Postal Service, Valassis, National Center for Missing & Exploited Children Commemorate “Have You Seen Me?” 25th Anniversary
Washington, DC — The hopes of thousands of families are carried every day and seen by millions through a partnership that celebrates its 25th anniversary.
Valassis, the National Center for Missing & Exploited Children (NCMEC) and the U.S. Postal Service have been working to reunite missing children with their families through the “Have You Seen Me?®” program and the power of the U.S. mail since 1985.
As a direct result of leads generated by this program, 149 children have been safely returned to their families. Photos are one of the most effective tools to help recover a missing child because they empower the American public to join the search.
“Each year in America, an estimated 800,000 children are reported missing, more than 2,000 each day,” said NCMEC President Ernie Allen. “Our greatest priority as a society is to protect the innocence of our children and to never stop looking for those who are missing.”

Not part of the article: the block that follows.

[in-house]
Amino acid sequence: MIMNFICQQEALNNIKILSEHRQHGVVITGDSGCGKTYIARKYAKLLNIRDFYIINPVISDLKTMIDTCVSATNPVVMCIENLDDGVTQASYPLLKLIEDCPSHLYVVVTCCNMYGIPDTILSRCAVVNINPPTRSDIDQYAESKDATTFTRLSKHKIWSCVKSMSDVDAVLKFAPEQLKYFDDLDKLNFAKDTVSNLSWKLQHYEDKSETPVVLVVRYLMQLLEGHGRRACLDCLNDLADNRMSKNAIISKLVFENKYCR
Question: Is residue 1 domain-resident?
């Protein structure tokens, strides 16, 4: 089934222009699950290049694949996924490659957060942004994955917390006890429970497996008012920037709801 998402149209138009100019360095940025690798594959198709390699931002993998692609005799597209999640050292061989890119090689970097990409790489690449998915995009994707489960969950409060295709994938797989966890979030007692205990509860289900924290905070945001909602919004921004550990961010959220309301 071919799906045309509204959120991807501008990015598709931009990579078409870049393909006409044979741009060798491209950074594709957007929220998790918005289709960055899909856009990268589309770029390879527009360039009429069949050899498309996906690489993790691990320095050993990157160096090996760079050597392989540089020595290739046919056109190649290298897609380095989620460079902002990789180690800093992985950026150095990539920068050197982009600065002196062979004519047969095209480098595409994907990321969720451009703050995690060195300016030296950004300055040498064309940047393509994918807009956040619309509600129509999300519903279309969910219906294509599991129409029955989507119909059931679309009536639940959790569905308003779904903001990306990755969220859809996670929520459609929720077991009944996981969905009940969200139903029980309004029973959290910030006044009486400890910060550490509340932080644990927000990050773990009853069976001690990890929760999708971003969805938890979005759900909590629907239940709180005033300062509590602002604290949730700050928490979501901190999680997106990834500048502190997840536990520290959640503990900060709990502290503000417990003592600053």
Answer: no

This need is the main reason a special RedPlum(TM) mailer was created by Valassis and will be delivered to more than 44 million homes this week.
“We don’t just deliver the mail, we deliver hope,” said Postmaster General John E. Potter. “The men and women of the Postal Service provide 500,000 extra pairs of eyes, always open, always watchful, always hopeful that we’ll play a small part in reuniting families.”
The mailer has been customized for six different geographic locations within the United States and features 25 missing children specific to that part of the country. A total of 145 missing children are featured.
“Through the power of our photo program, strong partnerships and the eyes of the American public, we provide hope to missing children and their families from coast to coast,” said Alan F. Schultz, Valassis, chairman, president and CEO. “Over the course of the past 25 years, our commitment has grown and there is an opportunity for more than 100 million households to see the faces of missing children each week.”
To reinforce the importance of the partnership and the need to find missing children, the Postal Service will place the words “Never Stop Looking For Missing Children” and silhouettes of a boy and girl on every letter through the end of June.
“Through the simple act of viewing photos of these children, anyone can forever change the life of a child who has been abducted,” Potter said.